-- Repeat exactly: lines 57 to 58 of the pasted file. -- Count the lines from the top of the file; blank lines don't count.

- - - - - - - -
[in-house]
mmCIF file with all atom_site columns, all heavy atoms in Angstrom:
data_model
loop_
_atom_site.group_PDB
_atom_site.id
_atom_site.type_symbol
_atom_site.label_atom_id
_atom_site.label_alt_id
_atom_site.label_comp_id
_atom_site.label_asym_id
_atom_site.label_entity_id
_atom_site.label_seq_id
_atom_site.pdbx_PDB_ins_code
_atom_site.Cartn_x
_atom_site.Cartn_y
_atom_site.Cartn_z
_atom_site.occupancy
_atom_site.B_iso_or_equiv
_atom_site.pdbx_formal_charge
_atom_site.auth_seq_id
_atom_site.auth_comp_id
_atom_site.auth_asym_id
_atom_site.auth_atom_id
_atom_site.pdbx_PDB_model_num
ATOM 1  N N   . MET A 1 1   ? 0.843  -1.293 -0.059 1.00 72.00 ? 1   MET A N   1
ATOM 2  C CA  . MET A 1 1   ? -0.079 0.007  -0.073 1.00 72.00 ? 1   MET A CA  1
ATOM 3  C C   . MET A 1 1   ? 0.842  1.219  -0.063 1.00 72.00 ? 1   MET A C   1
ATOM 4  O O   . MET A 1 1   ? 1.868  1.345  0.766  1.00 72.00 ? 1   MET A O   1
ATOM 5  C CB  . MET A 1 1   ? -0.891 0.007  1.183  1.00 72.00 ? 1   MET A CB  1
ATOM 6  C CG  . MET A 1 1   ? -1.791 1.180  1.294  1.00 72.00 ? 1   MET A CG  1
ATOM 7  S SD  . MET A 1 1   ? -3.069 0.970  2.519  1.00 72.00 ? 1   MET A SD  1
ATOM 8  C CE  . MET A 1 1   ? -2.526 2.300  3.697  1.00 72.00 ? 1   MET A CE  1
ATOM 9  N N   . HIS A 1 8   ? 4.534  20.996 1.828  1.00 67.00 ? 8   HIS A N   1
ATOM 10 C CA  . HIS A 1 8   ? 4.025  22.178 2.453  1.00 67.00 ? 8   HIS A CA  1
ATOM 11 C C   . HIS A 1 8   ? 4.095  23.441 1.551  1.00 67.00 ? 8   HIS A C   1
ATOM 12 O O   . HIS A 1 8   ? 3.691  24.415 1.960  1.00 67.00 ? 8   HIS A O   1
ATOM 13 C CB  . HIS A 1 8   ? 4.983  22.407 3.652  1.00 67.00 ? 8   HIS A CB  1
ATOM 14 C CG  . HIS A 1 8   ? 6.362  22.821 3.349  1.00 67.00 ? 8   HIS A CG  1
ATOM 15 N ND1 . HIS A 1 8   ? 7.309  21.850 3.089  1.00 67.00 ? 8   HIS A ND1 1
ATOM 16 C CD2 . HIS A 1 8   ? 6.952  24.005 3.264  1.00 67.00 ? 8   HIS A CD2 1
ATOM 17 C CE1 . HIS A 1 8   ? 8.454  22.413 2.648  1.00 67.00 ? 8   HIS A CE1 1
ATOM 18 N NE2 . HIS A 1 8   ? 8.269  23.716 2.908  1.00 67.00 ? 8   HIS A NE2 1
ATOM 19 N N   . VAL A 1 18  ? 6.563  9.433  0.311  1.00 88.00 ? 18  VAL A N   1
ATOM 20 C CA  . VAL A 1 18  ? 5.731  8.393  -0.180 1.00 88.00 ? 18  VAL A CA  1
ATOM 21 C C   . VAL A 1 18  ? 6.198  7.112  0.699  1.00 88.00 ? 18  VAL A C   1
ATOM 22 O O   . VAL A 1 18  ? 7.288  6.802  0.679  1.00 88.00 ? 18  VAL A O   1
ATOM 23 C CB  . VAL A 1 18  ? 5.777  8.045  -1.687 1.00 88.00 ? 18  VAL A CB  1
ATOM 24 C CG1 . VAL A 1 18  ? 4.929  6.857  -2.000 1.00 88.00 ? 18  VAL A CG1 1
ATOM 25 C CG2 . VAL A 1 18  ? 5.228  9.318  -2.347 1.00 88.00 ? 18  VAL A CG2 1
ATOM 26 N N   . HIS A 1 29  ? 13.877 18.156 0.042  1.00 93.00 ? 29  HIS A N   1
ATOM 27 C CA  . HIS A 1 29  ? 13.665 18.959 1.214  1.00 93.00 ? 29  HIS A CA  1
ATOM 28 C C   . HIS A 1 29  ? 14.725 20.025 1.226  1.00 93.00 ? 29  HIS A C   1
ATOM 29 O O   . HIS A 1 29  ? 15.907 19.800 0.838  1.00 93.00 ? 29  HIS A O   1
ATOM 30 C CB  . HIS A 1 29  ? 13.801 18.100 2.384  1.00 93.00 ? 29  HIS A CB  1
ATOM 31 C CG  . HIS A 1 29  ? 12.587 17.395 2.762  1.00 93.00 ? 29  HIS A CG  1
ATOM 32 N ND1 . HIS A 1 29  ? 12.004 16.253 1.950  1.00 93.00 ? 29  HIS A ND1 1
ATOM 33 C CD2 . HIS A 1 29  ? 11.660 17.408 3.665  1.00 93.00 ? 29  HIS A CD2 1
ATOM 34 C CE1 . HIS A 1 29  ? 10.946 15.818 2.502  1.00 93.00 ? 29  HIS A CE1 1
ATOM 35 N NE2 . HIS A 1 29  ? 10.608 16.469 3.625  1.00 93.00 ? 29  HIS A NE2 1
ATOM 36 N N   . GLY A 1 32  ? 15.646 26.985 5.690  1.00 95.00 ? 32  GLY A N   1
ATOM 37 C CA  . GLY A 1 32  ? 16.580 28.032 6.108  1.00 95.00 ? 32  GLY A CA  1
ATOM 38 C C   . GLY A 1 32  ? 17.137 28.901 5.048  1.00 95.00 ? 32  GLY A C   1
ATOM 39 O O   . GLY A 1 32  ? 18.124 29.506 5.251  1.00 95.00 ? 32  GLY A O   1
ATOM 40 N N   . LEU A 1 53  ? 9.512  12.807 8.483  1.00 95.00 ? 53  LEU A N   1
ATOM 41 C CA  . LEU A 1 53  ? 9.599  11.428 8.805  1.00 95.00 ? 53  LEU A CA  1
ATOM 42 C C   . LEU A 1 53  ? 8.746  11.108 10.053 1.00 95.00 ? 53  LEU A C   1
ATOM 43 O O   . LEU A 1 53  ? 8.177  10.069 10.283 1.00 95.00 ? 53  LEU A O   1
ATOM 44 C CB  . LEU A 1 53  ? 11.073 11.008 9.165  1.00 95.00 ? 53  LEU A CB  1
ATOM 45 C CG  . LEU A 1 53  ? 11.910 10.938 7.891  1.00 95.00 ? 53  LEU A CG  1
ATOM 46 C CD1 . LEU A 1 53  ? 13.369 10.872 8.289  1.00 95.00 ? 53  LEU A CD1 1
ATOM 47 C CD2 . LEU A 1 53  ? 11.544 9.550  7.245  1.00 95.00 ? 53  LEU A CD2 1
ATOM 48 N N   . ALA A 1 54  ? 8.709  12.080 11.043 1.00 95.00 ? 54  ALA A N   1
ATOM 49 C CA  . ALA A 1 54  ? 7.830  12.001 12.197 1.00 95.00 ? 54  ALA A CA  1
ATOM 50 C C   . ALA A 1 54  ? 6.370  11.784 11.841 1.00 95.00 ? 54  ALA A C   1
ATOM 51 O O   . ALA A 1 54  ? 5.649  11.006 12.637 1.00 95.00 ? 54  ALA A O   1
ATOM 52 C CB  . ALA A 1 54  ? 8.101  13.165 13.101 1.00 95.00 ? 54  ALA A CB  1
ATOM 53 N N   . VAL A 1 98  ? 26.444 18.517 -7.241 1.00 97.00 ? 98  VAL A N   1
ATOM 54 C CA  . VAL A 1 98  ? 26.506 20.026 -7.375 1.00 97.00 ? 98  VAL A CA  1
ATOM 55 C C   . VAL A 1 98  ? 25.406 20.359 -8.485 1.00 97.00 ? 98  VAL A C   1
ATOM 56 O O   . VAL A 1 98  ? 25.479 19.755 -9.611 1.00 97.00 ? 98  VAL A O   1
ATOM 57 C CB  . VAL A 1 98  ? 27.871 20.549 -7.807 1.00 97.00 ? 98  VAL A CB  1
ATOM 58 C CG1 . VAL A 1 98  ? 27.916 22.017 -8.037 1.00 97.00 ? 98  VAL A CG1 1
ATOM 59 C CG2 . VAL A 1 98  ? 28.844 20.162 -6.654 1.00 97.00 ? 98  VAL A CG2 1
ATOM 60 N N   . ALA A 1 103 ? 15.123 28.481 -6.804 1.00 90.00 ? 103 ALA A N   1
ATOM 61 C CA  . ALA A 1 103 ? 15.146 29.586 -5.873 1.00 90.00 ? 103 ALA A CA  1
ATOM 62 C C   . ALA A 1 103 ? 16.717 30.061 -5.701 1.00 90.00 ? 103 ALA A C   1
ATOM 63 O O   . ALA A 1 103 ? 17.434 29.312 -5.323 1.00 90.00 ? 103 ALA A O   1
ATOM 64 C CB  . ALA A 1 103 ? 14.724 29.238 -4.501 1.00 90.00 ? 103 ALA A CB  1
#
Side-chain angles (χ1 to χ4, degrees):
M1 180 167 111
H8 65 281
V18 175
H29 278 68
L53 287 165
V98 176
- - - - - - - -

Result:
ATOM 32 N ND1 . HIS A 1 29  ? 12.004 16.253 1.950  1.00 93.00 ? 29  HIS A ND1 1
ATOM 33 C CD2 . HIS A 1 29  ? 11.660 17.408 3.665  1.00 93.00 ? 29  HIS A CD2 1